If you could meet, in person, any of your characters, who would it be and why?
I’d like to meet my black-sheep cousin, Mary Alice Livingston, and ask her whether she really did kill her mother with that arsenic-laced clam chowder. I think she did, but for various reasons, I do have some “reasonable doubt.” And what fascinates me is that I actually could have met her. In the 1940s, she was in her eighties and living in New York. I was then a teenager, also living in New York. If only I had known about her and her story then, I could have met her! Maybe, if she got to know me and wanted to unburden herself as she approached her own death, she would have been willing to tell me all about her life and her murder trial that had happened fifty years earlier.
If you could fictionalize yourself and put yourself in any situation, how would it play out? Could you give us a scene/scenario of such an occurrence?
When I was younger, I liked to picture myself as James Bond, saving the world from the bad guys with my brains and brawn, while winning the beautiful women with my charm and good looks. Now that I’m older, that’s more and more of a stretch. I guess now I’m more plausible as Q, the old guy who has all the technical gadgets that Bond uses.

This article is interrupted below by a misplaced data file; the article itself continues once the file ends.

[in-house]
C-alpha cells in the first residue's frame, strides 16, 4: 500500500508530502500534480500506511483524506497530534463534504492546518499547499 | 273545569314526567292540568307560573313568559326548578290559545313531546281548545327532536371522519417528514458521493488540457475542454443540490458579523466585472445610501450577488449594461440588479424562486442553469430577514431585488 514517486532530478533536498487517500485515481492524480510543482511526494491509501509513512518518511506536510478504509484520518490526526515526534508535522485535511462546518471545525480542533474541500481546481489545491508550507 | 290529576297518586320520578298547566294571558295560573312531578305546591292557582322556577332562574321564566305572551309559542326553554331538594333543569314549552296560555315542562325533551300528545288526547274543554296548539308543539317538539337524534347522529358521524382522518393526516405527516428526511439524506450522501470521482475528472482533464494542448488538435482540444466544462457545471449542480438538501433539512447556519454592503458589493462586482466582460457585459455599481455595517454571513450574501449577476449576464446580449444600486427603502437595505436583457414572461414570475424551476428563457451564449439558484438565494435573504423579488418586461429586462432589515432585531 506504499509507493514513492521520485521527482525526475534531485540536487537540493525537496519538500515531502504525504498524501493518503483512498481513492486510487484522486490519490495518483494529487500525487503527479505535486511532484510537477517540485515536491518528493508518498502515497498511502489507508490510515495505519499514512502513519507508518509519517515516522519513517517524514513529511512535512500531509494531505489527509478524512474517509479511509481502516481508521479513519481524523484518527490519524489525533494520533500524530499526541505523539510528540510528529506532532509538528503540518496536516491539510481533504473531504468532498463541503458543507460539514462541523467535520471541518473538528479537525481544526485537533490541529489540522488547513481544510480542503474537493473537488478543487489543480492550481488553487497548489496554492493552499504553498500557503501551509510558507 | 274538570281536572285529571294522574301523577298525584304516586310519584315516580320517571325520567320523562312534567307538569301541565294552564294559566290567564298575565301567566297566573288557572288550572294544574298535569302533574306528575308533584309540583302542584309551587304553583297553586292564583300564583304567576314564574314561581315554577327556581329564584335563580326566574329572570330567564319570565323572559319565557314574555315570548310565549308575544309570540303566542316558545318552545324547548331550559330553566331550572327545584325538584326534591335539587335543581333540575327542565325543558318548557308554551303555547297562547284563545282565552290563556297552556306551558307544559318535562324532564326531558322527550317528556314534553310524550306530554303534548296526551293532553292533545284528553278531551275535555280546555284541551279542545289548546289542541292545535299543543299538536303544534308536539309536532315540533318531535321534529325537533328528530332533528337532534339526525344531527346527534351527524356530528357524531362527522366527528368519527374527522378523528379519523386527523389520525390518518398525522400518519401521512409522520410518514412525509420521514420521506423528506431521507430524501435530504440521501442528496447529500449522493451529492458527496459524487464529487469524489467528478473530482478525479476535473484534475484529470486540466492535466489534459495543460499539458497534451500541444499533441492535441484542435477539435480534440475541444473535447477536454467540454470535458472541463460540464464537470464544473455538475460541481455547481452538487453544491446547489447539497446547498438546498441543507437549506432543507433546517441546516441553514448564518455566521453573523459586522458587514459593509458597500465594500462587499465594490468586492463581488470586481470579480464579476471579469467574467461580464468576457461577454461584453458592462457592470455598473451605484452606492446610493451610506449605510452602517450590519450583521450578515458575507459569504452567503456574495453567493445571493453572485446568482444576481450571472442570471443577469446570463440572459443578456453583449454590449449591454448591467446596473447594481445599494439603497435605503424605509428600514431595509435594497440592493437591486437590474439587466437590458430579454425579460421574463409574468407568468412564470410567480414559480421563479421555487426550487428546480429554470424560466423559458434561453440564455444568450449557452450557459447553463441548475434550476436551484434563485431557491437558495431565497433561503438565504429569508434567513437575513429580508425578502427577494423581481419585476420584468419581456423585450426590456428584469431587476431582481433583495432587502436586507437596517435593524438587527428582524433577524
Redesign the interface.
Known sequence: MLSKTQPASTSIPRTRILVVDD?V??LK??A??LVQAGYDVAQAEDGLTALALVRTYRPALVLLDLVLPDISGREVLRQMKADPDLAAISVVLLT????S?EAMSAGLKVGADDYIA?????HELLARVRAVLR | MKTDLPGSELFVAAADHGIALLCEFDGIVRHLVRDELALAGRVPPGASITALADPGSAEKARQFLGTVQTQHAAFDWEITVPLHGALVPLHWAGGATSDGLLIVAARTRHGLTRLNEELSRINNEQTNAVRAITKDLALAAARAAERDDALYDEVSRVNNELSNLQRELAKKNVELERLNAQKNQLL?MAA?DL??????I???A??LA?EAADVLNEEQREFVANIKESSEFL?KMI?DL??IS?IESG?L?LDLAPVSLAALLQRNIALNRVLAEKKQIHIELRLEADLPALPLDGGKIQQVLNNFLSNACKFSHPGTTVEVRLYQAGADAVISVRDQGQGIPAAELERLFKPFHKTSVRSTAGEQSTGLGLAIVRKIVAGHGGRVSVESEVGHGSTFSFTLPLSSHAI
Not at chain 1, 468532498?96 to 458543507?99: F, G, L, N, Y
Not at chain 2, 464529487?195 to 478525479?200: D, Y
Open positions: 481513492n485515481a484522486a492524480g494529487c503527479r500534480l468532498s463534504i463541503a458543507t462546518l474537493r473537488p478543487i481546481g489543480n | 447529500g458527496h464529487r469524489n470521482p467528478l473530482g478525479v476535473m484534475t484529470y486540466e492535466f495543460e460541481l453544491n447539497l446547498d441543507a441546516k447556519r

Do you have any particular habits that you do while writing? Places you write the best, foods, drinks, etc that help set your “writing mood”?
I always try to have water within reach so that I don’t get dehydrated when I sit for hours at the computer, and I often have a candy or cookie snack in the afternoon to pick up some extra energy.
What are you reading right now?
Two books I just finished are The Arsenic Century by James Whorton and Sacco and Vanzetti by Bruce Watson. You can tell from the title of my latest book, Arsenic and Clam Chowder, why I was interested in the former. As for the latter, I’ve been interested in the Sacco and Vanzetti case for many years, and have read several books about it. Watson’s book was very well balanced, and told me some new and interesting things about the case.
Who are some of your favorite authors and/or books?
I mostly read non-fiction in history or science, the genres in which I write. In fiction, two of my favorite authors have been John Updike and Ian McEwan.